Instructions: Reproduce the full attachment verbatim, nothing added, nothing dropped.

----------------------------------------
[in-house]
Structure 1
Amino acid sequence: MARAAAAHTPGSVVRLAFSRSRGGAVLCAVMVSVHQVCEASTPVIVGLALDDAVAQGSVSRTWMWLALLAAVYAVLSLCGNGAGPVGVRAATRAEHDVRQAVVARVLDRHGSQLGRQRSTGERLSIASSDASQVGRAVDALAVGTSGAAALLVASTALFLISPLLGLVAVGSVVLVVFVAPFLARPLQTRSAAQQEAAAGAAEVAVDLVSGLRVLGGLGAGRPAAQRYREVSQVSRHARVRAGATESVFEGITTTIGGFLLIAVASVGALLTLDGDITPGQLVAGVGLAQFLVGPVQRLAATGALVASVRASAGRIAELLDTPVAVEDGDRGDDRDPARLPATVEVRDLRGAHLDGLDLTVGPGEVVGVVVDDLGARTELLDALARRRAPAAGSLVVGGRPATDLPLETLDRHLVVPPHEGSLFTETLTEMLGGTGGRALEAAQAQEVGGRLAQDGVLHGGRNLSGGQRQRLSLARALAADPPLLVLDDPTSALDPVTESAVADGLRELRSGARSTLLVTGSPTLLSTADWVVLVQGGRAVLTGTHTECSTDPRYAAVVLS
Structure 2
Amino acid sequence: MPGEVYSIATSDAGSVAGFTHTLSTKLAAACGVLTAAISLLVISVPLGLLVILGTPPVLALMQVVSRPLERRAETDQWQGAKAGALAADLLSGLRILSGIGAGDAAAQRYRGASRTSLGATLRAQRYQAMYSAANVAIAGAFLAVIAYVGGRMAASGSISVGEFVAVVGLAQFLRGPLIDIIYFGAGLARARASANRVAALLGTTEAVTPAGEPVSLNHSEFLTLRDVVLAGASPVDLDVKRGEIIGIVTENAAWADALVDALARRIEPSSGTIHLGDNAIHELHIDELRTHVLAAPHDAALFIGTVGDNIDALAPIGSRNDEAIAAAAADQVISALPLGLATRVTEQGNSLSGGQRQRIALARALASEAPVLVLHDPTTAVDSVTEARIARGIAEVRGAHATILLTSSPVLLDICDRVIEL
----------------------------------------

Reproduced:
[in-house]
Structure 1
Amino acid sequence: MARAAAAHTPGSVVRLAFSRSRGGAVLCAVMVSVHQVCEASTPVIVGLALDDAVAQGSVSRTWMWLALLAAVYAVLSLCGNGAGPVGVRAATRAEHDVRQAVVARVLDRHGSQLGRQRSTGERLSIASSDASQVGRAVDALAVGTSGAAALLVASTALFLISPLLGLVAVGSVVLVVFVAPFLARPLQTRSAAQQEAAAGAAEVAVDLVSGLRVLGGLGAGRPAAQRYREVSQVSRHARVRAGATESVFEGITTTIGGFLLIAVASVGALLTLDGDITPGQLVAGVGLAQFLVGPVQRLAATGALVASVRASAGRIAELLDTPVAVEDGDRGDDRDPARLPATVEVRDLRGAHLDGLDLTVGPGEVVGVVVDDLGARTELLDALARRRAPAAGSLVVGGRPATDLPLETLDRHLVVPPHEGSLFTETLTEMLGGTGGRALEAAQAQEVGGRLAQDGVLHGGRNLSGGQRQRLSLARALAADPPLLVLDDPTSALDPVTESAVADGLRELRSGARSTLLVTGSPTLLSTADWVVLVQGGRAVLTGTHTECSTDPRYAAVVLS
Structure 2
Amino acid sequence: MPGEVYSIATSDAGSVAGFTHTLSTKLAAACGVLTAAISLLVISVPLGLLVILGTPPVLALMQVVSRPLERRAETDQWQGAKAGALAADLLSGLRILSGIGAGDAAAQRYRGASRTSLGATLRAQRYQAMYSAANVAIAGAFLAVIAYVGGRMAASGSISVGEFVAVVGLAQFLRGPLIDIIYFGAGLARARASANRVAALLGTTEAVTPAGEPVSLNHSEFLTLRDVVLAGASPVDLDVKRGEIIGIVTENAAWADALVDALARRIEPSSGTIHLGDNAIHELHIDELRTHVLAAPHDAALFIGTVGDNIDALAPIGSRNDEAIAAAAADQVISALPLGLATRVTEQGNSLSGGQRQRIALARALASEAPVLVLHDPTTAVDSVTEARIARGIAEVRGAHATILLTSSPVLLDICDRVIEL